The city landscape, littered with statues honoring the Confederate dead, suggested that Dallas had been the southwestern heart of Dixie. A fog surrounds a past marked by clashes between rich and poor and between secessionists and unionists so that in the twentieth century it seemed as if Dallas had been a nest of Johnny Rebs who cheerfully and unquestioningly followed their leaders to the battlefield. After the Civil War, few recalled the dissenters, black or white, who challenged the Dallas establishment, making sustained resistance in the future more difficult to imagine. Dallas elites failed to suffocate opposition through violence before the Civil War, but by the postbellum period, they had learned an important lesson. The long, difficult project of manufacturing consent had begun.
To maintain its legitimacy, Dallas' ruling bloc could not acknowledge past political division. A combination of economic, political, ethnic and regional tensions heightened by sensationalist journalism and fear over outside events like the John Brown raid formed the combustible elements when a match or cigar butt was thrown atop dry kindling one hot summer day in Dallas.
The violence unleashed by the Texas Troubles eventually proved so embarrassing to one radical pro-secessionist that he devoted only one sentence to the incident when he published his "History of Dallas County, Texas from 1837 to 1887" almost three decades after the 1860 fire. As editor of the Belton Democrat, John Henry Brown had published the infamous "Bailey Letter" a likely forgery that supposedly outlined the details of a planned slave insurrection in Texas. He moved to Dallas in the early 1870s and became mayor in 1885. An amateur historian, Brown published his chronicle of Dallas County in 1887. He barely mentioned the Texas Troubles, preferring more comfortable topics.
"To recount the more recent events preceding the war, the destructive fire of July, 1860 . . . would be to open a question, the discussion of which should be left to a later day — farther removed from the acrimonies of the war and of the actors in those scenes," he wrote. In the next paragraph, after barely alluding to the divisions in 1860s Dallas, Brown painted a picture of sweet consensus in the following years. "When the sectional controversy assumed the character of war, there were probably not twenty bona fide citizens of Dallas County who were not truly and sincerely Southern in feeling and sentiment," he said. This myth of unity rested on a foundation of terror instigated by men such as Brown. The "Southerness" of Dallas could be measured by the length of a hangman's rope.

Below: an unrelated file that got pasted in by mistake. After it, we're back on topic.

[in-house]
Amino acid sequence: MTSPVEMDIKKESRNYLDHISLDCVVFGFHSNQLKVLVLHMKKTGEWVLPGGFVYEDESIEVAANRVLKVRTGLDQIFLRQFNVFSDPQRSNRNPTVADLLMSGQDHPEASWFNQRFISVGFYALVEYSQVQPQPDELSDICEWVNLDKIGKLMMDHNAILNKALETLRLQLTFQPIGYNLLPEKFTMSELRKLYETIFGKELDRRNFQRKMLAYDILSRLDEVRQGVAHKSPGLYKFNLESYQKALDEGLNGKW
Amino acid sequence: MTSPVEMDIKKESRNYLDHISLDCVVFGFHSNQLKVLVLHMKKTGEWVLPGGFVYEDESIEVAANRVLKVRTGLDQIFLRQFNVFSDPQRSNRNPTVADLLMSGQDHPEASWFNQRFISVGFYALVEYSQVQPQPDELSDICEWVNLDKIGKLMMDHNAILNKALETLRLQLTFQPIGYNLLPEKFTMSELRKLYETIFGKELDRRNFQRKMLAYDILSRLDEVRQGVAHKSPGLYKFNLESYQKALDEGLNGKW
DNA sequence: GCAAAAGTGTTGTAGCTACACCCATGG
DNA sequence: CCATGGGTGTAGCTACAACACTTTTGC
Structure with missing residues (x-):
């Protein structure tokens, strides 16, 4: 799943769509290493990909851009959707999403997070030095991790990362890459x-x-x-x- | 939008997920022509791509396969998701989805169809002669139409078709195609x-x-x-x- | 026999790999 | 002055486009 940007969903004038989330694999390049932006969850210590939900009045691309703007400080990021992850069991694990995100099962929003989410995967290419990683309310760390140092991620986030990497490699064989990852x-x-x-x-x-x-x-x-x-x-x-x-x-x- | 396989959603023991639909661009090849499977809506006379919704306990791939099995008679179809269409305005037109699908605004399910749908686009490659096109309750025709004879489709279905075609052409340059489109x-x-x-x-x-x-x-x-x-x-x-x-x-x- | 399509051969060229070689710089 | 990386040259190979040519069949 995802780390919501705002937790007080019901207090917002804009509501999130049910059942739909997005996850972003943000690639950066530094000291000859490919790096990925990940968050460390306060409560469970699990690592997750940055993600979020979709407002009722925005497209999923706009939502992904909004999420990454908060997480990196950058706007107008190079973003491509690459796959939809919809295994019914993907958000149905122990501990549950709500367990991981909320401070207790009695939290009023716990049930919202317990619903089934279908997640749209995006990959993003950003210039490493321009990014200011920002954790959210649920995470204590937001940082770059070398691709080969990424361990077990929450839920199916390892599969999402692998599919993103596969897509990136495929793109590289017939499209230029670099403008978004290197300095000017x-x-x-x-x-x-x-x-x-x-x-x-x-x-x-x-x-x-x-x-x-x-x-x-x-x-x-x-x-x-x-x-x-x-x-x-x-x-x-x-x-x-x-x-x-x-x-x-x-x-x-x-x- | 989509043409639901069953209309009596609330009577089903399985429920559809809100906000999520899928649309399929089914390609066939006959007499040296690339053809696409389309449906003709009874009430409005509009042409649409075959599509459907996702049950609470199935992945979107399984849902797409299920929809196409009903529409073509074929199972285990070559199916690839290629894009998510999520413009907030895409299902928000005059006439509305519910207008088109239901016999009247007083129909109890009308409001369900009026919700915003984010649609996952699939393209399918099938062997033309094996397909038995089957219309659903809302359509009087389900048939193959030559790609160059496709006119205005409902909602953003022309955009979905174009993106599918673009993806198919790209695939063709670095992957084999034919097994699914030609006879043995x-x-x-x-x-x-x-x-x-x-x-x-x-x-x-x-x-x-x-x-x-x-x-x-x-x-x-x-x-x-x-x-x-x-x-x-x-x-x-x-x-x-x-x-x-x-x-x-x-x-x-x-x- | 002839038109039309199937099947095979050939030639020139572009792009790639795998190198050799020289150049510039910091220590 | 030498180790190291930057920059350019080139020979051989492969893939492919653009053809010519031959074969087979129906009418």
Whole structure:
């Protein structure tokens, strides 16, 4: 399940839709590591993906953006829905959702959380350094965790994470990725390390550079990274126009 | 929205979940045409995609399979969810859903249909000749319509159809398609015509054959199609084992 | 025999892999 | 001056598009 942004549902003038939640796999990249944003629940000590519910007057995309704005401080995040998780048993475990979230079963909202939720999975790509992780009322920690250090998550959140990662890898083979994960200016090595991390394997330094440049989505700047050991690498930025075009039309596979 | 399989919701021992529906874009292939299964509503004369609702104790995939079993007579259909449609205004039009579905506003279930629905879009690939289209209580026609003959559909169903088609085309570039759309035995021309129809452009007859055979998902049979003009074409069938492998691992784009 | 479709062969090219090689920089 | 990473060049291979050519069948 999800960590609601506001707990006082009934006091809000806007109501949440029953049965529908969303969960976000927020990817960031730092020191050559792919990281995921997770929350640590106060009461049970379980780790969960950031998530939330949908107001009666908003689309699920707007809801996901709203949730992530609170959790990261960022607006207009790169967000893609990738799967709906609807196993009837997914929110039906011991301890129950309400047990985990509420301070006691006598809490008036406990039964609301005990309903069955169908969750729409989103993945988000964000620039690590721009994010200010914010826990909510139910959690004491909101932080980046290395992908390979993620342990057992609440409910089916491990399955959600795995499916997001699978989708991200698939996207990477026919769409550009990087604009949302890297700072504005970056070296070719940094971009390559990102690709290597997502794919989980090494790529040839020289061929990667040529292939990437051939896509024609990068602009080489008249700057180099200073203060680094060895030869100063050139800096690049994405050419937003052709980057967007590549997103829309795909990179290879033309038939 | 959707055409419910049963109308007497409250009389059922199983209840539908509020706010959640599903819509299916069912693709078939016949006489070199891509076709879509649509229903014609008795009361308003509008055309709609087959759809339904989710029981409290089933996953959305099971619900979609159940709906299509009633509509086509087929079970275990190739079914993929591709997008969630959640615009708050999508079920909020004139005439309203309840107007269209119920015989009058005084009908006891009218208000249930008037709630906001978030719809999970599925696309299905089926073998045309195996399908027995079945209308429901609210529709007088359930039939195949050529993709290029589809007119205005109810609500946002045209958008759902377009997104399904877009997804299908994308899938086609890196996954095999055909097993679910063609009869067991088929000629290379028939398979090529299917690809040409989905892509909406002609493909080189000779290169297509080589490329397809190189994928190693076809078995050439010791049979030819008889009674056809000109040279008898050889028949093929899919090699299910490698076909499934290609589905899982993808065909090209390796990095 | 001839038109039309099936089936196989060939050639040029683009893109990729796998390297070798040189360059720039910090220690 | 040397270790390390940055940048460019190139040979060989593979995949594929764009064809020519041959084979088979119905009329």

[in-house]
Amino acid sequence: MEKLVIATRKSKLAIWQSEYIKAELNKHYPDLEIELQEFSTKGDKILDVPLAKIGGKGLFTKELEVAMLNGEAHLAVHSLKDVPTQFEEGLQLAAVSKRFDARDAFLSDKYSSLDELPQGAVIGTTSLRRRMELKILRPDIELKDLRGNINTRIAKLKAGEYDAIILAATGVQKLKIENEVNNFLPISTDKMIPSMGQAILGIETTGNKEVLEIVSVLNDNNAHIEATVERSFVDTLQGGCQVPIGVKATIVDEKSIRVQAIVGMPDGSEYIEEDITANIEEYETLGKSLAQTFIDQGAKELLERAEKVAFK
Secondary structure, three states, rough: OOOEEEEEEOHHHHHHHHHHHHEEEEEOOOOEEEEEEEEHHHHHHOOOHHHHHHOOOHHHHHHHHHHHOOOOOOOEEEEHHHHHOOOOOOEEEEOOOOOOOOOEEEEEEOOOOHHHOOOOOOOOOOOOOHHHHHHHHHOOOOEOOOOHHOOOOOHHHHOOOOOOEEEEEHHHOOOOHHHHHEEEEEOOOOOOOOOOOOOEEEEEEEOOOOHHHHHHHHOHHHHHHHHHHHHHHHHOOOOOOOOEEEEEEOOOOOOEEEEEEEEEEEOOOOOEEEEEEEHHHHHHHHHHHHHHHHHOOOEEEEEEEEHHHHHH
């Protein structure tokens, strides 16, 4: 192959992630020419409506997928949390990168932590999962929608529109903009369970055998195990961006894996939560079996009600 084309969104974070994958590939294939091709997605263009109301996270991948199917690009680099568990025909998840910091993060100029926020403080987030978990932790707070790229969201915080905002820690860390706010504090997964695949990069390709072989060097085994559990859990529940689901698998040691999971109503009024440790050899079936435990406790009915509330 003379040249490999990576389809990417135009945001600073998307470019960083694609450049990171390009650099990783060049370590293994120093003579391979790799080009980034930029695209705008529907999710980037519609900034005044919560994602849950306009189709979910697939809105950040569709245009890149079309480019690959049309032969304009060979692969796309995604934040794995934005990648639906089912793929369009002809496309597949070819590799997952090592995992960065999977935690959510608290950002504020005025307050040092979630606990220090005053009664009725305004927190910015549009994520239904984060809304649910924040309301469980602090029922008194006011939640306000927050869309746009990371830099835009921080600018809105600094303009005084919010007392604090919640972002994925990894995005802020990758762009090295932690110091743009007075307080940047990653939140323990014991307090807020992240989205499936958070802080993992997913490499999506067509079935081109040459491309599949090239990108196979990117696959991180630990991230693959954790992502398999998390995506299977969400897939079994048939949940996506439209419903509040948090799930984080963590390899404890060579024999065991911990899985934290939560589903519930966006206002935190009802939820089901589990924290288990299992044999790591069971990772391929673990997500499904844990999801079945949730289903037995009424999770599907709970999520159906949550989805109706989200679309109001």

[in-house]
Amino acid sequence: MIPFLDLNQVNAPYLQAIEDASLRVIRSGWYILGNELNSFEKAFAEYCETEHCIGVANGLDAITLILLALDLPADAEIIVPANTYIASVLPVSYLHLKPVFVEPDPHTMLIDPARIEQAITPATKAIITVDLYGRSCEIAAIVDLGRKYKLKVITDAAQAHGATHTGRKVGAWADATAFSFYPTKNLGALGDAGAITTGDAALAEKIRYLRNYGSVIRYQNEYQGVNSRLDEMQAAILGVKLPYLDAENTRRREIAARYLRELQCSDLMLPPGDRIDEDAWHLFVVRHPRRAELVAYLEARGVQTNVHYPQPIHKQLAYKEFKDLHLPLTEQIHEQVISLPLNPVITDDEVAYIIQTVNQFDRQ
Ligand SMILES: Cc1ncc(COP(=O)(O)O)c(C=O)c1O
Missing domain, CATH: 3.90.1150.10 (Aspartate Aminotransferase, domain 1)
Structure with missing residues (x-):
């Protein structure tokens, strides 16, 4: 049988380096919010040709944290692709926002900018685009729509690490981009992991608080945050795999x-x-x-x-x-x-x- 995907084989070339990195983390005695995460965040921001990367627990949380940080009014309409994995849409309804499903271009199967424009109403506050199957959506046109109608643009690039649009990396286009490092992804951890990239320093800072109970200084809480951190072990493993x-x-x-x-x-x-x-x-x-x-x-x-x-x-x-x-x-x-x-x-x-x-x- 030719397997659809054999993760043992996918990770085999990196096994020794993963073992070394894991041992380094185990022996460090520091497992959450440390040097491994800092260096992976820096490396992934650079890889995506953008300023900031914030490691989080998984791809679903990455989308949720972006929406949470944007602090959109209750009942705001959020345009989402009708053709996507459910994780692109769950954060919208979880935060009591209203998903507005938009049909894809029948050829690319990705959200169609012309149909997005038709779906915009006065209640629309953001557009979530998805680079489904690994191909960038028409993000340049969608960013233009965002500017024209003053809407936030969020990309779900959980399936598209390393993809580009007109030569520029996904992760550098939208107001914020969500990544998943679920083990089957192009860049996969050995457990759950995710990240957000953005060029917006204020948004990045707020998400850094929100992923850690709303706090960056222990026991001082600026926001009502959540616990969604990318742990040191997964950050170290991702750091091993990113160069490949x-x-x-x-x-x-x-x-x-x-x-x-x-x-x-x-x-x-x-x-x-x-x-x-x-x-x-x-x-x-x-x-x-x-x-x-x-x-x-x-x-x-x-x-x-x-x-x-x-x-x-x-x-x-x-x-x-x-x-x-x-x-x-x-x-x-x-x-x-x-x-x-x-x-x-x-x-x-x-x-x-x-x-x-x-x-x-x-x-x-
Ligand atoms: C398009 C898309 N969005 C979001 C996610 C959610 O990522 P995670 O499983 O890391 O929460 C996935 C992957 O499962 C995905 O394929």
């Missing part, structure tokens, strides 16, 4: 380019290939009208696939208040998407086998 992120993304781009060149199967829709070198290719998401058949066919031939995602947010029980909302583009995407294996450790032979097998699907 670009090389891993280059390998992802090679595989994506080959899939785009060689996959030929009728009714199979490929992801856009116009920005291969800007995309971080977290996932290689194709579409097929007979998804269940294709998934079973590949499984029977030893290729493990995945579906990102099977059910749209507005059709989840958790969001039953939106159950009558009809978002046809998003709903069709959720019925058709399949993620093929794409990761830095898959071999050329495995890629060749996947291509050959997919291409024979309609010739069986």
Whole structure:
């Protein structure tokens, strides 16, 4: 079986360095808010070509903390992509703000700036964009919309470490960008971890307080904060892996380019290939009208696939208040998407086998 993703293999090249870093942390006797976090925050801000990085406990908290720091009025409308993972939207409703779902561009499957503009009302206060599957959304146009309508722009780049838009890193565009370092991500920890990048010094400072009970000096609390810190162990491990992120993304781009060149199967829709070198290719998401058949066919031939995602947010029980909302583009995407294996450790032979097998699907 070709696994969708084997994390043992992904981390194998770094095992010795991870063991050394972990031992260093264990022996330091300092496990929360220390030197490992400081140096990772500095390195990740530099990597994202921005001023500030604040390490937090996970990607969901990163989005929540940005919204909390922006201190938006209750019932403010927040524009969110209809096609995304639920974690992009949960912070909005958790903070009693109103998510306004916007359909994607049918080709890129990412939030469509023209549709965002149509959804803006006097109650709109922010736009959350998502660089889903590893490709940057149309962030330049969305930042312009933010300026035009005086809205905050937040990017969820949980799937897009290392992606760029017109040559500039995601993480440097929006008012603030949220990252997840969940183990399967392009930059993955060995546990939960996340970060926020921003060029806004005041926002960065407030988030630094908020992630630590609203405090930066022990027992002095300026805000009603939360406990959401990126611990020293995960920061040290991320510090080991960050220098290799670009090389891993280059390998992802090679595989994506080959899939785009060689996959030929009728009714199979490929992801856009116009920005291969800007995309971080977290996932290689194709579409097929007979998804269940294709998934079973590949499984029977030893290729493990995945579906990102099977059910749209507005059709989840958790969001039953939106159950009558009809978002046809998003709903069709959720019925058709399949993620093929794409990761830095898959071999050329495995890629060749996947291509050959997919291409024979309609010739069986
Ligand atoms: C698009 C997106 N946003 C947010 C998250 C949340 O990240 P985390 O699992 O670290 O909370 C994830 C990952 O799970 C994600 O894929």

Michael Phillips has authored the following:
White Metropolis: Race, Ethnicity and Religion in Dallas, Texas, 1841-2001 (Austin: University of Texas Press, 2006)
(with Patrick L. Cox) The House Will Come to Order: How the Texas Speaker Became a Power in State and National Politics. (Austin: University of Texas Press, 2010)
“Why Is Big Tex Still a White Cowboy? Race, Gender, and the ‘Other Texans’” in Walter Buenger and Arnoldo de León, eds., Beyond Texas Through Time: Breaking Away From Past Interpretations (College Station: Texas A&M Press, 2011)
“The Current is Stronger’: Images of Racial Oppression and Resistance in North Texas Black Art During the 1920s and 1930s ” in Bruce A. Glasrud and Cary D. Wintz, eds., The Harlem Renaissance in the West: The New Negroes’ Western Experience (New York: Routledge, Taylor and Francis Group, 2011)
“Dallas, 1989-2011,” in Richardson Dilworth, ed. Cities in American Political History (Washington, D.C.: CQ Press, 2011)
(With John Anthony Moretta, Keith J. Volonto, Austin Allen, Doug Cantrell and Norwood Andrews), Keith J. Volonto and Michael Phillips. eds., The American Challenge: A New History of the United States, Volume I. (Wheaton, Il.: Abigail Press, 2012).
(With John Anthony Moretta and Keith J. Volanto), Keith J. Volonto and Michael Phillips, eds., The American Challenge: A New History of the United States, Volume II. (Wheaton, Il.: Abigail Press, 2012).
(With John Anthony Moretta and Carl J. Luna), Imperial Presidents: The Rise of Executive Power from Roosevelt to Obama (Wheaton, Il.: Abigail Press, 2013).
“Texan by Color: The Racialization of the Lone Star State,” in David Cullen and Kyle Wilkison, eds., The Radical Origins of the Texas Right (College Station: University of Texas Press, 2013).
He is currently collaborating, with longtime journalist Betsy Friauf, on a history of African American culture, politics and black intellectuals in the Lone Star State called God Carved in Night: Black Intellectuals in Texas and the World They Made.